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Altern Ther Health Med. 2002 Jan-Feb;8(1):60-2, 64-6.

Mindfulness-based stress reduction and healthcare utilization in the inner city: preliminary findings.

Author information

  • 1Haight-Ashbury Free Medical Clinic and the Department of Public Health in San Francisco, Calif, USA. bethroth@snet.net

Abstract

CONTEXT:

Research on mindfulness-based stress reduction (MBSR) has focused on measuring symptom reduction in middle-class and working-class populations. The present study examined inner-city patients' healthcare utilization before and after an MBSR intervention.

OBJECTIVE:

To determine whether completion of an MBSR program resulted in changes in healthcare utilization in an inner-city population.

DESIGN:

Medical chart review compared the number and diagnoses of health center visits during the year before patients entered the MBSR program with the year following completion of the program.

SETTING:

The Community Health Center in Meriden, Conn.

PATIENTS:

The chart review process examined healthcare utilization patterns for 73 patients: 54 who completed the MBSR program in Spanish and 19 who completed the program in English. The focus of this study is a subgroup of 47 patients for whom a complete year of data were available before and after the intervention.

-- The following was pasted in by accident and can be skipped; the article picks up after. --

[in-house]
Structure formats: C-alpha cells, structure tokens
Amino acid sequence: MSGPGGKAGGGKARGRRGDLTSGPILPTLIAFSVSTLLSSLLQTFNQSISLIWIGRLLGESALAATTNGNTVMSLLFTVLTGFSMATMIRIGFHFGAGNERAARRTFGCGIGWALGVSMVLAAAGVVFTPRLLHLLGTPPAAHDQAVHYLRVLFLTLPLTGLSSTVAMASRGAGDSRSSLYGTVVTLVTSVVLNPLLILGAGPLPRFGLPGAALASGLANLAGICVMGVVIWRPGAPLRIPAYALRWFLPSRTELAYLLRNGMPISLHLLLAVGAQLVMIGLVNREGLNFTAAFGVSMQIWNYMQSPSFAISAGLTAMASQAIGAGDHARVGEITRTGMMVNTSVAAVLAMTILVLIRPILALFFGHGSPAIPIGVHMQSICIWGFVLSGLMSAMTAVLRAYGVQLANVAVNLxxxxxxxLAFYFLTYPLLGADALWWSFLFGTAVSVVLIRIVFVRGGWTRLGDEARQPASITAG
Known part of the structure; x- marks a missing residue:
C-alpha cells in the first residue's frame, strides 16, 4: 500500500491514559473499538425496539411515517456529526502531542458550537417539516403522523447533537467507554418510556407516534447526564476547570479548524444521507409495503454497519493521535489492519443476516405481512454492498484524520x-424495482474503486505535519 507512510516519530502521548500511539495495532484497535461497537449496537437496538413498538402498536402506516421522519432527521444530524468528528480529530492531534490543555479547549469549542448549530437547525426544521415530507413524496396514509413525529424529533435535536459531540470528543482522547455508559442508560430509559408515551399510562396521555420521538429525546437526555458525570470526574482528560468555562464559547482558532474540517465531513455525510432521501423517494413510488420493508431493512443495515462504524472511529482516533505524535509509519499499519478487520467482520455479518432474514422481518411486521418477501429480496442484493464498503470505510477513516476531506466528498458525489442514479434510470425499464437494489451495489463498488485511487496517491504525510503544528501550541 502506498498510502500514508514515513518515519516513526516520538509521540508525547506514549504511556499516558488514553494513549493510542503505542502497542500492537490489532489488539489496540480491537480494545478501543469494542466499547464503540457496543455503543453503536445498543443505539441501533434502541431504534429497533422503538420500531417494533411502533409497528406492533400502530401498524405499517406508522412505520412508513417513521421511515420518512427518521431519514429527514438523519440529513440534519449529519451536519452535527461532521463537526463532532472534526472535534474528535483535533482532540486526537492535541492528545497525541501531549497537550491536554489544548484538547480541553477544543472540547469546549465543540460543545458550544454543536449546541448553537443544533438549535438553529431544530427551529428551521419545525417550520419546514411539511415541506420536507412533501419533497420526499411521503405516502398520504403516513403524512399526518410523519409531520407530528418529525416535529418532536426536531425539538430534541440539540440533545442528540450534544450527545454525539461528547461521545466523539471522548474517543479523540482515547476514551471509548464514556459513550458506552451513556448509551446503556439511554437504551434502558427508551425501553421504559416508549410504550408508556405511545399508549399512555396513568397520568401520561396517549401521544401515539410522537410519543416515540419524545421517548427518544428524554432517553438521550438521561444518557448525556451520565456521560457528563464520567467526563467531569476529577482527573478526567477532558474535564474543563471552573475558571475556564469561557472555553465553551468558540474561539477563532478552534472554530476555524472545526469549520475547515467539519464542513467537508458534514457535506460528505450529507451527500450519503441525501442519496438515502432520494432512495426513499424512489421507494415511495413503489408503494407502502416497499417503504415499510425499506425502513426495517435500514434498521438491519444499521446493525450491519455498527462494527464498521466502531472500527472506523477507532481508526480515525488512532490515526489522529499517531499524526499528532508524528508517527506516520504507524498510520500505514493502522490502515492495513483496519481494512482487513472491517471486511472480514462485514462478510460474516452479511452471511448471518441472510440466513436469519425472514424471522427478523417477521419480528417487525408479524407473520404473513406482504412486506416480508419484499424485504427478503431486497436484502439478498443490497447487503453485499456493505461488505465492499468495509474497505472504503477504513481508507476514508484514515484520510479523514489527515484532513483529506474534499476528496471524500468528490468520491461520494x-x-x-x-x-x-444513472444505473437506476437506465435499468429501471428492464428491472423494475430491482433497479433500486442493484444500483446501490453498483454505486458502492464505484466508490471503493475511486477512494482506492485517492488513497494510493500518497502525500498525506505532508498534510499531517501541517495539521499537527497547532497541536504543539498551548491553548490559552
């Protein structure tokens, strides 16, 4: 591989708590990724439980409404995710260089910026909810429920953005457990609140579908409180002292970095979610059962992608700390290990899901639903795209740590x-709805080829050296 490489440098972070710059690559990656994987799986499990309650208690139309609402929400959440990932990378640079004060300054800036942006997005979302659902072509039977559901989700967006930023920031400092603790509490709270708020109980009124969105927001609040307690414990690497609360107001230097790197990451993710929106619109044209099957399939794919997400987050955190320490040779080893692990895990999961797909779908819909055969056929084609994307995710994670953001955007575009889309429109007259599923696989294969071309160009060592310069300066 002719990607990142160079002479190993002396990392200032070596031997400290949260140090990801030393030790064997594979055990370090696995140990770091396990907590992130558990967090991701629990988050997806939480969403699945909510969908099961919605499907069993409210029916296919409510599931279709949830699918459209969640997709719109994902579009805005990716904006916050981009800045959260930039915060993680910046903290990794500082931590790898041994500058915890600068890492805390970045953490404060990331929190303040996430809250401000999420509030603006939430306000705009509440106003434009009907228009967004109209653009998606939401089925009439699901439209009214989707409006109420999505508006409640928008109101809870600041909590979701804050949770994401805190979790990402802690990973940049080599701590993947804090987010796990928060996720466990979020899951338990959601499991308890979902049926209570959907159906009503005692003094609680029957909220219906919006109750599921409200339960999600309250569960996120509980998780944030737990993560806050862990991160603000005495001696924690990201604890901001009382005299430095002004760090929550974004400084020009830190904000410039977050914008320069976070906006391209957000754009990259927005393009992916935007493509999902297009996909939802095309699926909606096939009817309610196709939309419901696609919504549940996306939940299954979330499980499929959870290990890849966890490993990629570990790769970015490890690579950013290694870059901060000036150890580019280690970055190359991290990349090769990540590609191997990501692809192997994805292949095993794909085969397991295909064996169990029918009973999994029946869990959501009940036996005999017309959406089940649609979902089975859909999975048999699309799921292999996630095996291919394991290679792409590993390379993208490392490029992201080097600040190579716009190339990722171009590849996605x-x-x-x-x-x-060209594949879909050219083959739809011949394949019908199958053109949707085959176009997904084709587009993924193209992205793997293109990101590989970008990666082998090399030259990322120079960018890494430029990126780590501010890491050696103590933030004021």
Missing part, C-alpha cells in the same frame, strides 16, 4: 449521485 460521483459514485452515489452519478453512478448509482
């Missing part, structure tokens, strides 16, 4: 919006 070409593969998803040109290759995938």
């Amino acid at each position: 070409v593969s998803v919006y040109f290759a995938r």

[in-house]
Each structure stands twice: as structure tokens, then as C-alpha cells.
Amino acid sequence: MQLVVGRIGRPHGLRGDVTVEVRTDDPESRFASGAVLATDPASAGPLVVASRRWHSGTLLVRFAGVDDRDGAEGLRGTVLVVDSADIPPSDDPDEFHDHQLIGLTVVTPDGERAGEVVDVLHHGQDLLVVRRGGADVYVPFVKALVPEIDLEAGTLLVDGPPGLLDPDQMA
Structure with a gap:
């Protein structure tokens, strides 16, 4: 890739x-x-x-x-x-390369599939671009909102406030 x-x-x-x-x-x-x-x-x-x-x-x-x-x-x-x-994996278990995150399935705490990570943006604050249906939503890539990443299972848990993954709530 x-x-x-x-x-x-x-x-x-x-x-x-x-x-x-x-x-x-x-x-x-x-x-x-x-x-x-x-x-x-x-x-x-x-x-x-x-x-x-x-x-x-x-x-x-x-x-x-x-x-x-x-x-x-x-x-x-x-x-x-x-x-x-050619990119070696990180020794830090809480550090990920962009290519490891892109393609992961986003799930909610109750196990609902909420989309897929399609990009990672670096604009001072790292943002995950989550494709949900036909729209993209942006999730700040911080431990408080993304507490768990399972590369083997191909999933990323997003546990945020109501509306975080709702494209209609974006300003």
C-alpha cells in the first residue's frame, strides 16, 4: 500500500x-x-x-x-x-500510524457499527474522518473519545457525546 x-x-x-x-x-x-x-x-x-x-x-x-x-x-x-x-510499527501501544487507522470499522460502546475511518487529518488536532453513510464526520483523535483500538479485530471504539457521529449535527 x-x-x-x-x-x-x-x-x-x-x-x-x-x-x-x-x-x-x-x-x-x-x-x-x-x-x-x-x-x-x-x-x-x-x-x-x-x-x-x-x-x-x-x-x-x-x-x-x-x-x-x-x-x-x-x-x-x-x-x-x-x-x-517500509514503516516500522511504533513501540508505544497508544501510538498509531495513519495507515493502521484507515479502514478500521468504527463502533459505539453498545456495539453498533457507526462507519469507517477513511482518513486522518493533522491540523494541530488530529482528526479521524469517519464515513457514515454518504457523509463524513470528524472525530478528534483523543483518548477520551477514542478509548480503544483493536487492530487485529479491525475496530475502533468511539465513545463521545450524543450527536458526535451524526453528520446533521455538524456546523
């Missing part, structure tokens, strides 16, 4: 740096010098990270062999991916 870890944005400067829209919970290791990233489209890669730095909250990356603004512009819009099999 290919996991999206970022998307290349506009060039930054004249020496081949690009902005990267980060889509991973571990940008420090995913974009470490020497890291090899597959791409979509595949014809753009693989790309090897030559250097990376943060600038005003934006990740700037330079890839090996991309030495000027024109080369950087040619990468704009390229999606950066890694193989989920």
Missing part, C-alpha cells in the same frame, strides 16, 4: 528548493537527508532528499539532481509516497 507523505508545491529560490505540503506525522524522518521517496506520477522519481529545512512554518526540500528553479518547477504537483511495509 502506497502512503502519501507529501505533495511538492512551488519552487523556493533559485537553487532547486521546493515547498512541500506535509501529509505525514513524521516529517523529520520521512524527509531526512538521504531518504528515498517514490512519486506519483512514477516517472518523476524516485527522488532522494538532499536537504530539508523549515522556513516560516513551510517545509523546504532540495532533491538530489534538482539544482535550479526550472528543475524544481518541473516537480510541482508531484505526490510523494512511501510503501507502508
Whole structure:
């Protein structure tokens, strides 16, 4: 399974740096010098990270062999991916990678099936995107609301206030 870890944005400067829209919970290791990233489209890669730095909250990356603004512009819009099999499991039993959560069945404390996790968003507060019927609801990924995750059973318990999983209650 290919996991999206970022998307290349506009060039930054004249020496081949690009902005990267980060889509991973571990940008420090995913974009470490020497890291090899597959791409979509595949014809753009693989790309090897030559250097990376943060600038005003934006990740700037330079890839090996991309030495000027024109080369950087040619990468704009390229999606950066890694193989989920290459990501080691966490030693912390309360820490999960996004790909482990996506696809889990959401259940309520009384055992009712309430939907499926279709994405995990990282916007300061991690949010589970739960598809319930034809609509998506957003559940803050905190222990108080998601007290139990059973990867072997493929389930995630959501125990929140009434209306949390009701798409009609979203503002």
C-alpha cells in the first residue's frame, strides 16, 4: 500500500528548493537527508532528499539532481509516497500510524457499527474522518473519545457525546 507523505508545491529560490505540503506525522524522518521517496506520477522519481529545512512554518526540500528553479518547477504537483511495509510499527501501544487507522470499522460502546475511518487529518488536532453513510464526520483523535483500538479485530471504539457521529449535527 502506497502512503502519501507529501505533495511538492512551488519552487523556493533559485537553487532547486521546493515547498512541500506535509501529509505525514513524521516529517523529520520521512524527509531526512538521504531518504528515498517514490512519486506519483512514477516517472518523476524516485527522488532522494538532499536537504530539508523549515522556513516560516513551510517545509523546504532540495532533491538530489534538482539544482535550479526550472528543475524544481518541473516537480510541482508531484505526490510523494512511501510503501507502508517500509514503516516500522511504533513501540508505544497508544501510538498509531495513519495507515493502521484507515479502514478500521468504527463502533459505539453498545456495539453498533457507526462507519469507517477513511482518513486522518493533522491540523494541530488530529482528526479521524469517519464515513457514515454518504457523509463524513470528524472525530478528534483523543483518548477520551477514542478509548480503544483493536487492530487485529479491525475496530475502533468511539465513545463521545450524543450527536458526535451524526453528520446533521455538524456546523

INTERVENTION:

An 8-week course in MBSR.

MAIN OUTCOME MEASURES:

The number and diagnoses of patients' health center visits before and after completion of the MBSR program.

RESULTS:

A significant decrease in the number of chronic care visits was found among the 47 patients for whom complete data were available. The 36 patients who completed the Spanish courses demonstrated a significant decrease in total medical visits and chronic care visits.

CONCLUSIONS:

The results of this study suggest that MBSR may help contain healthcare costs by decreasing the number of visits made by inner-city patients to their primary care providers after completing the MBSR program.

PMID:
11795623
[PubMed - indexed for MEDLINE]
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